Staghorn Sumac Uses: 7 Uses of Staghorn Sumac

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By Ben

Staghorn sumac uses go beyond its striking, red, cone-shaped fruit clusters that can be seen from a distance during late summer and early fall. This deciduous shrub or small tree that is native to North America has a lot more to offer. In this article, we’ll delve into the various ways in which staghorn sumac can be utilized, beyond just its beauty.

The Many Uses of Staghorn Sumac

Staghorn sumac is a plant that is valued for its versatility and the many benefits it offers. From its culinary and medicinal uses to its landscaping, industrial, and environmental remediation uses, staghorn sumac has much to offer. Its tangy, lemon-like fruits can be used to make refreshing drinks and flavorful spice blends, while its anti-inflammatory and antioxidant properties make it useful in traditional medicine.

Staghorn sumac is also a popular landscaping plant that provides food and habitat for wildlife and can help stabilize soil and prevent erosion. Its high tannin content makes it useful in leather tanning, while its natural insecticidal properties make it a great alternative to chemical insect repellents. Finally, staghorn sumac has the ability to absorb heavy metals and other pollutants from soil and water, making it a valuable tool in environmental remediation projects.

Culinary Uses

Staghorn sumac has been used for centuries in traditional cuisine. The fruit clusters, which are also called “drupes,” can be harvested and used to make a tangy, lemon-like seasoning. This seasoning can be used to add flavor to a wide variety of dishes, including meats, fish, salads, and vegetables. To make the seasoning, the fruit clusters are dried and then ground into a powder. The powder can also be used to make tea, which has a slightly sour taste and is rich in vitamin C.

Medicinal Uses

Staghorn sumac has been used for medicinal purposes for centuries by various cultures. Its bark, leaves, and fruit have all been used to treat a wide range of ailments, including diarrhea, sore throat, fever, and even tuberculosis. The fruit is particularly rich in antioxidants and has been shown to have anti-inflammatory properties. It has also been used to treat skin conditions, such as rashes, and is believed to have astringent properties.

Landscaping Uses

Staghorn sumac is a popular choice for landscaping, as it is a hardy plant that can grow in a variety of soils and conditions. Its unique shape and striking red color make it a great choice for adding interest to gardens and landscaping projects. It is also often used for erosion control, as its deep root system can help prevent soil erosion.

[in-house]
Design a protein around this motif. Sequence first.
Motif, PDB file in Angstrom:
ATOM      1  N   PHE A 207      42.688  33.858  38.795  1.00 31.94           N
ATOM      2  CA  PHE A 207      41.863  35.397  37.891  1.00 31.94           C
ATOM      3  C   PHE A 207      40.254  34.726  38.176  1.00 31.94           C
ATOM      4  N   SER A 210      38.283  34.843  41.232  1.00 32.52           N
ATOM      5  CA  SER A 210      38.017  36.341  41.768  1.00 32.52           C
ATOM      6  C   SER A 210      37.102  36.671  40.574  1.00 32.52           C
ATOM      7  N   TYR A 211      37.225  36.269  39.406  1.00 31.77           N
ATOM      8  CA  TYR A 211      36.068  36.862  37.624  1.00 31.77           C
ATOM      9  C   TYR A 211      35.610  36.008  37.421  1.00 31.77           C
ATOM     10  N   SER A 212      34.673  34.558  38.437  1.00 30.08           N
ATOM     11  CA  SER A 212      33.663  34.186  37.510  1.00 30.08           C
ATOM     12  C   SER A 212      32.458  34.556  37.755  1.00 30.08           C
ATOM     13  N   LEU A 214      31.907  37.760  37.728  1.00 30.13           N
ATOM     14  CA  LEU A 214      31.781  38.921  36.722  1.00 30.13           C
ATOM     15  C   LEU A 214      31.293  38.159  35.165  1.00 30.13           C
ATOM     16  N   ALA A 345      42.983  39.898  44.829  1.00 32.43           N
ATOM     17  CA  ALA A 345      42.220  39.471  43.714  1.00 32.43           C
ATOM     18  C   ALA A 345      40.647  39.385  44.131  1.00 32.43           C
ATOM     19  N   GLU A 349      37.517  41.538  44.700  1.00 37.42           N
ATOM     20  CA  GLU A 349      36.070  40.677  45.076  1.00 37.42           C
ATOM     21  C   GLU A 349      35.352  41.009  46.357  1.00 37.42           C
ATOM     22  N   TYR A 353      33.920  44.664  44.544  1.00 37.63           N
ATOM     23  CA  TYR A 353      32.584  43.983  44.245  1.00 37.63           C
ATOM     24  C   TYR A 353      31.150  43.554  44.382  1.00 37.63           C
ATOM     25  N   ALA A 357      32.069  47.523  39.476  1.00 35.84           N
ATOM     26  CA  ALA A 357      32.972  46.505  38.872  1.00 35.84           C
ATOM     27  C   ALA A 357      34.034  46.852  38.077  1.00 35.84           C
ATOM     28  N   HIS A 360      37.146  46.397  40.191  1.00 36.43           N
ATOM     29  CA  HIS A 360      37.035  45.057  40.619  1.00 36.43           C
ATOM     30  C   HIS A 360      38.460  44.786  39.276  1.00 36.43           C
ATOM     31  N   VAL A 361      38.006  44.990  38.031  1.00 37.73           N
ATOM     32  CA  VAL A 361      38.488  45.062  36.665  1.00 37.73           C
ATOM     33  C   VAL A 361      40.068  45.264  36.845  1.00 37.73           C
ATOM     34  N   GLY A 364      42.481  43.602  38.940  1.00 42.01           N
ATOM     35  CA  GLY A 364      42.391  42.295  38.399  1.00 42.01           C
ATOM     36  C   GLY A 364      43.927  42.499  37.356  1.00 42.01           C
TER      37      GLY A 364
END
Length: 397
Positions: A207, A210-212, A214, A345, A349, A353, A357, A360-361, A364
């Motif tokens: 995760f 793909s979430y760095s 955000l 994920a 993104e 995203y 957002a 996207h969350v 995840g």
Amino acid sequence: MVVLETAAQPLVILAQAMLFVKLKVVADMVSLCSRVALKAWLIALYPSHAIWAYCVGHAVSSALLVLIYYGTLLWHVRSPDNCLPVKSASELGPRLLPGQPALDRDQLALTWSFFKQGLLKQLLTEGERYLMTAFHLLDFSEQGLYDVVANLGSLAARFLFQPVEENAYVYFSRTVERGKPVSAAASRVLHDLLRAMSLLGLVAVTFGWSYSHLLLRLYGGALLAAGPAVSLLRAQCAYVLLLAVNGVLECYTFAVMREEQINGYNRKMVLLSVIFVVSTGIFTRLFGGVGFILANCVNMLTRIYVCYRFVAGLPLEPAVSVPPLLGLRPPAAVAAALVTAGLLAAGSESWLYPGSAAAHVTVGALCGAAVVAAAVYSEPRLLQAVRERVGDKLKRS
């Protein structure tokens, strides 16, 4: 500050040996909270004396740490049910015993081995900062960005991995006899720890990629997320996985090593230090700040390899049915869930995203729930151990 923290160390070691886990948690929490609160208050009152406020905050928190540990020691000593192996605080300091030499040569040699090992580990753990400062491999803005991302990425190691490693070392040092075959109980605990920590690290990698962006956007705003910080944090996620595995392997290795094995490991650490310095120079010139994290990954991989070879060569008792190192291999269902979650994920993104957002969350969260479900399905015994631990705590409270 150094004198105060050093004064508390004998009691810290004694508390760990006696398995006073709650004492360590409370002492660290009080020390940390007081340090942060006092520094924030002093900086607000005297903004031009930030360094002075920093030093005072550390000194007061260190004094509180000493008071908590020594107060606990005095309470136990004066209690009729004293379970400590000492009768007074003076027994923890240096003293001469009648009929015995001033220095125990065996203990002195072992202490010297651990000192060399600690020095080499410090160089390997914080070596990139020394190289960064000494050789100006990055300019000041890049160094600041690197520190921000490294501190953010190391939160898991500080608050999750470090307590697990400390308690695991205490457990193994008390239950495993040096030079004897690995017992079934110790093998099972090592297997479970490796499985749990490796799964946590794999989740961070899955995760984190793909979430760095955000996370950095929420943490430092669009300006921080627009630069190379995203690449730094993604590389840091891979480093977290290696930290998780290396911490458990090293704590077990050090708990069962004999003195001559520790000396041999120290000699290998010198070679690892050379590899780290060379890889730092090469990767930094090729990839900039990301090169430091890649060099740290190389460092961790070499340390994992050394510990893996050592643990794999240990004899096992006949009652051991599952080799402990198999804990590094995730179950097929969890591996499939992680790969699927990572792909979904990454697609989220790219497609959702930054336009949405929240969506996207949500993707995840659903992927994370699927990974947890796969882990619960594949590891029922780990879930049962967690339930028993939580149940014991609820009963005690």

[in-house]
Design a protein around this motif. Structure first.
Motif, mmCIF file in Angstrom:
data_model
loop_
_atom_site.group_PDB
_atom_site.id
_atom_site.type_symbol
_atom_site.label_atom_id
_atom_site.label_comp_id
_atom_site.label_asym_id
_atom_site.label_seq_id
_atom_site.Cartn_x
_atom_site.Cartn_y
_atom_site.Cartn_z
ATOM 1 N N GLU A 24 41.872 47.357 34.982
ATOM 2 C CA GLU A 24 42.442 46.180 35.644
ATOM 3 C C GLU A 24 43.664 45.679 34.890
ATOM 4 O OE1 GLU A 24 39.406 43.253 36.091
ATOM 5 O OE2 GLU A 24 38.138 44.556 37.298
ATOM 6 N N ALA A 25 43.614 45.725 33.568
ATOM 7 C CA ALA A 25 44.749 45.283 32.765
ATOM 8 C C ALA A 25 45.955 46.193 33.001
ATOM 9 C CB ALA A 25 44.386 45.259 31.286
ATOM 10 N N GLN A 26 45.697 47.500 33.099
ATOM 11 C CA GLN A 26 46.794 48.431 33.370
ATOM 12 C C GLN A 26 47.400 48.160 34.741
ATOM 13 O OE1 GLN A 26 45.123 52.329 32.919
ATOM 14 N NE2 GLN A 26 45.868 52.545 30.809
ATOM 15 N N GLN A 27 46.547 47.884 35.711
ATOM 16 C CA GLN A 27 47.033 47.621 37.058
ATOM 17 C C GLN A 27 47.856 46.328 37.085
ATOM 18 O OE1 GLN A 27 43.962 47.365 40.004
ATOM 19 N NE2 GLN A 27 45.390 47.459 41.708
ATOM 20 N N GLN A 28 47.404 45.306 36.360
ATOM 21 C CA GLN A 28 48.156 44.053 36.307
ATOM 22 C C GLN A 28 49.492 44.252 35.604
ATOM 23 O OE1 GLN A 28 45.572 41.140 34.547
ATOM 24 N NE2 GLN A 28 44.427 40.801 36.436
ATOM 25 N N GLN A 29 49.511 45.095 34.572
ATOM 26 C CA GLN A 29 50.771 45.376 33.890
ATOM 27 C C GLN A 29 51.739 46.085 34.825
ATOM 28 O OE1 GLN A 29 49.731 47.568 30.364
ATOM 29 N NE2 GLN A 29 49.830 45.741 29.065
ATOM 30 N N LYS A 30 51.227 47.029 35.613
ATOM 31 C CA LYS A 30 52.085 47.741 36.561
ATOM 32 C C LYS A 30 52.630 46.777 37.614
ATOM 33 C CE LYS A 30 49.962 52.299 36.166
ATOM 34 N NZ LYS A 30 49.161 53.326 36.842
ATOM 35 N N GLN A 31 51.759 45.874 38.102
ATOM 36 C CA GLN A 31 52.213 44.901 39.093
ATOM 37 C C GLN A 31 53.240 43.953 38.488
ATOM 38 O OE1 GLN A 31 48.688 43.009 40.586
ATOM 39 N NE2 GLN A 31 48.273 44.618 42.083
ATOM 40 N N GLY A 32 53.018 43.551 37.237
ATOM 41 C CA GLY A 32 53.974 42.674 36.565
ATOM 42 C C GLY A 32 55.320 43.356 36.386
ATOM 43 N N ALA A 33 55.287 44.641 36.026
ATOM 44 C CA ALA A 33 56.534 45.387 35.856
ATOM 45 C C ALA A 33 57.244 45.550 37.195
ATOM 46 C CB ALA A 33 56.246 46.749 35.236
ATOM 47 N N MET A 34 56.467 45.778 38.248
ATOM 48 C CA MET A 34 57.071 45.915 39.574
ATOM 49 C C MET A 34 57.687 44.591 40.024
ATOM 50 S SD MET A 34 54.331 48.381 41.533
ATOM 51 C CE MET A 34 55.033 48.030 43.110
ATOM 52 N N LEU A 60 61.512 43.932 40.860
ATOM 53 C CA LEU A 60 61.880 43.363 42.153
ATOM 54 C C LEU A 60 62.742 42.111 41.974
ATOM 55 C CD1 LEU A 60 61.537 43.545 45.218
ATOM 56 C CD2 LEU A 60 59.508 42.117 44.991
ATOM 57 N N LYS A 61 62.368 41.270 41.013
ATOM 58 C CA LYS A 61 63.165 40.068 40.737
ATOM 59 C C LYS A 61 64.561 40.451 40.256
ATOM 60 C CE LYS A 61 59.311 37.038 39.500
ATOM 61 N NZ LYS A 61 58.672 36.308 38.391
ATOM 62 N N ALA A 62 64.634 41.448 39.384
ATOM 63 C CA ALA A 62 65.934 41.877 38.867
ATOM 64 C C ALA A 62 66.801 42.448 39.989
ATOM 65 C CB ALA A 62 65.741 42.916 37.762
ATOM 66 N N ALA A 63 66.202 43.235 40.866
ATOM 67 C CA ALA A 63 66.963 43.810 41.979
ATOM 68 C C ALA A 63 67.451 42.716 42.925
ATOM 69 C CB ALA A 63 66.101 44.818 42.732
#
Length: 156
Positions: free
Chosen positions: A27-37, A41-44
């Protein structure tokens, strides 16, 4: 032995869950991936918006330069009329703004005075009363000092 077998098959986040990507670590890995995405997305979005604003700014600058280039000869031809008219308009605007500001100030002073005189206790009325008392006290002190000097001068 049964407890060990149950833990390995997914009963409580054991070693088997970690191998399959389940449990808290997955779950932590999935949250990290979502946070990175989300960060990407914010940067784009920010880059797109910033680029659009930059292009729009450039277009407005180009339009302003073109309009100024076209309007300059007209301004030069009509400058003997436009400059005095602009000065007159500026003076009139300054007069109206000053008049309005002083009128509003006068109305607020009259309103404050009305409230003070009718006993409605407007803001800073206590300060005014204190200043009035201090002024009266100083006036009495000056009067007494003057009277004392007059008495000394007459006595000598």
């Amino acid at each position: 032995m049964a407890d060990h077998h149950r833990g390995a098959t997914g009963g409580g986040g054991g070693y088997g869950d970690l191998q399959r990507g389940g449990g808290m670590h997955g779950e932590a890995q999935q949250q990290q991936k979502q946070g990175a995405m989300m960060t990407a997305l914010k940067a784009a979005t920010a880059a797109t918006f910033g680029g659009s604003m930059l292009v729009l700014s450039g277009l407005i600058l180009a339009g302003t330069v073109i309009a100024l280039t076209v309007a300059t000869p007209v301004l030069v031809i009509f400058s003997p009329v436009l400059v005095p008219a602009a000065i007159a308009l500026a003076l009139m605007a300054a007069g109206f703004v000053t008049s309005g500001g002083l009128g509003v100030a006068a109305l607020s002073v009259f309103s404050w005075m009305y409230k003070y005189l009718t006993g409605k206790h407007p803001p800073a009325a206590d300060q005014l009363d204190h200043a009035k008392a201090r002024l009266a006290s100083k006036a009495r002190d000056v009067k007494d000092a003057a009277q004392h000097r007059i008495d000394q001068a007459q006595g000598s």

Industrial Uses

Staghorn sumac has a high tannin content, which makes it useful in the production of leather tanning agents. The bark and leaves of the plant are harvested and processed to extract the tannins, which are then used in the tanning process to give leather its desired color and texture.

Dyeing Uses

Staghorn sumac can be used to create a natural dye that can be used to color fabrics and yarns. The bark of the plant is harvested and boiled in water to extract the natural dye. The resulting color can range from light tan to dark brown, depending on the concentration and processing time.

Insect Repellent Uses

Staghorn sumac contains compounds that have insecticidal properties, which make it useful as a natural insect repellent. The dried and ground fruits of the plant can be sprinkled around the perimeter of a home or garden to repel insects such as ants, beetles, and mosquitoes.

Environmental Remediation Uses

Staghorn sumac has been shown to have the ability to remediate contaminated soil and water. The plant’s deep root system can absorb and remove heavy metals and other toxins from the soil, while the leaves and fruits can absorb pollutants from water sources. This makes staghorn sumac a valuable tool in environmental remediation projects.


Staghorn sumac is a versatile plant with many different uses. From culinary and medicinal uses to landscaping, industrial, and environmental remediation uses, staghorn sumac is a plant that is worth exploring for its many benefits. Whether you are interested in cooking with sumac spice, using it as a natural insect repellent, or using it to improve soil and water quality, staghorn sumac is a plant that has much to offer.


What food uses staghorn sumac?

Staghorn sumac is a spice that can be used to add a tangy and lemony flavor to various dishes. The dried and ground sumac berries are often used as a spice rub for lamb, fish, and chicken, and can also be added as a topping to salads and hummus. Middle Eastern chefs commonly use sumac as a topping for fattoush salad to add both color and flavor. In addition, sumac can be included in dressings to provide a unique and zesty taste.

What are the medicinal benefits of staghorn sumac?

Staghorn sumac has been reported to have several medicinal benefits. Native Americans used it as a remedy for colds, fever, and scurvy. They also made a salve by grinding the berries with clay to use on open wounds. Additionally, sumac has shown promise in treating a range of ailments, including diarrhea, dysentery, sore throats, infections, asthma, and cold sores. While more research is needed to fully understand the medicinal properties of staghorn sumac, it has been traditionally used for its potential health benefits for centuries.

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